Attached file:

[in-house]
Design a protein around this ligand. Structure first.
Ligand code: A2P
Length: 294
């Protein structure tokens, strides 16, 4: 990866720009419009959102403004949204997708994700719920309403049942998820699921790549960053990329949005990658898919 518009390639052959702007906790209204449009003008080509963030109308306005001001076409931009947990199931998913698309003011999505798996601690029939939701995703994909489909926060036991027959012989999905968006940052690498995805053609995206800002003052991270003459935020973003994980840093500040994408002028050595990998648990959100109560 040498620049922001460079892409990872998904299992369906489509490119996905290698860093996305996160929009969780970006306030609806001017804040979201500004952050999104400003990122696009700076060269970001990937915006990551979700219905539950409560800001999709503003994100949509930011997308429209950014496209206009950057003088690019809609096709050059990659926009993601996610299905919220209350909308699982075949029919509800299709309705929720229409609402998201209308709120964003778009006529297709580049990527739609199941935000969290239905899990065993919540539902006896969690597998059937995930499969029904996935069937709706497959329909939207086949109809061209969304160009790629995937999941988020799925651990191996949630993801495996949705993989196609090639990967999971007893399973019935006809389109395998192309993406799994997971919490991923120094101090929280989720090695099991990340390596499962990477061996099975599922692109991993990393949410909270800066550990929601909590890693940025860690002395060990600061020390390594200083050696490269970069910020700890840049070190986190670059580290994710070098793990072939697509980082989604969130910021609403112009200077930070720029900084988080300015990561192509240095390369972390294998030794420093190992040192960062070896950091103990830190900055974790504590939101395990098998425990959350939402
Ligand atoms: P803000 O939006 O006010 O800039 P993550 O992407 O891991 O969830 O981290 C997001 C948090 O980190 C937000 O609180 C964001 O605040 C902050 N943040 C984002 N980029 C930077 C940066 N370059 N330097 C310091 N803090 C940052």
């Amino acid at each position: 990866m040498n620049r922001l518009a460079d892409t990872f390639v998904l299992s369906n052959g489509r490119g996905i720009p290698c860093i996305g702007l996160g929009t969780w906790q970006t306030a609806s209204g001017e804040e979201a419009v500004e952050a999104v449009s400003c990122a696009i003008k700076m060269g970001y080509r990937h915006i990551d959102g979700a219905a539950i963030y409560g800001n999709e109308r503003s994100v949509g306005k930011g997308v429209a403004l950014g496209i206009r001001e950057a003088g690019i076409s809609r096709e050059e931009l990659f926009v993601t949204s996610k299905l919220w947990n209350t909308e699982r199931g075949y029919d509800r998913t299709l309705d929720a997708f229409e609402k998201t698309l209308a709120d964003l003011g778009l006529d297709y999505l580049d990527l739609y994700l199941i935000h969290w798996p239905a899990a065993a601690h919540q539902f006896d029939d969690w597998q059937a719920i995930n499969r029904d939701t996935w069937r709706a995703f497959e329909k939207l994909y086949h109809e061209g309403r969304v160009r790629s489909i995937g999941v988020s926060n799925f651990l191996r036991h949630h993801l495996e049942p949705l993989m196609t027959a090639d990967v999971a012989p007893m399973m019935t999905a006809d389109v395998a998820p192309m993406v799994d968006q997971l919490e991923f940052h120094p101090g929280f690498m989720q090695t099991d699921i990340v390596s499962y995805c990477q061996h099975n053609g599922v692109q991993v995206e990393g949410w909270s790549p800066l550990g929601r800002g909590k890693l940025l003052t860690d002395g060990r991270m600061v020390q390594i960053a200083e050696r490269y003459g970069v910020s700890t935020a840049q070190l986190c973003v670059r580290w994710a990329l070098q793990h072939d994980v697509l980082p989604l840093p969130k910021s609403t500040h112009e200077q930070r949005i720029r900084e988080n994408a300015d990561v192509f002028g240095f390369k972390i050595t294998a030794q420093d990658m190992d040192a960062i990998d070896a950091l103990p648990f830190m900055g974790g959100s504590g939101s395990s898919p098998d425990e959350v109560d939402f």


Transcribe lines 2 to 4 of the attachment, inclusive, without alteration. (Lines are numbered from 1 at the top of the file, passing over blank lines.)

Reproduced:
Design a protein around this ligand. Structure first.
Ligand code: A2P
Length: 294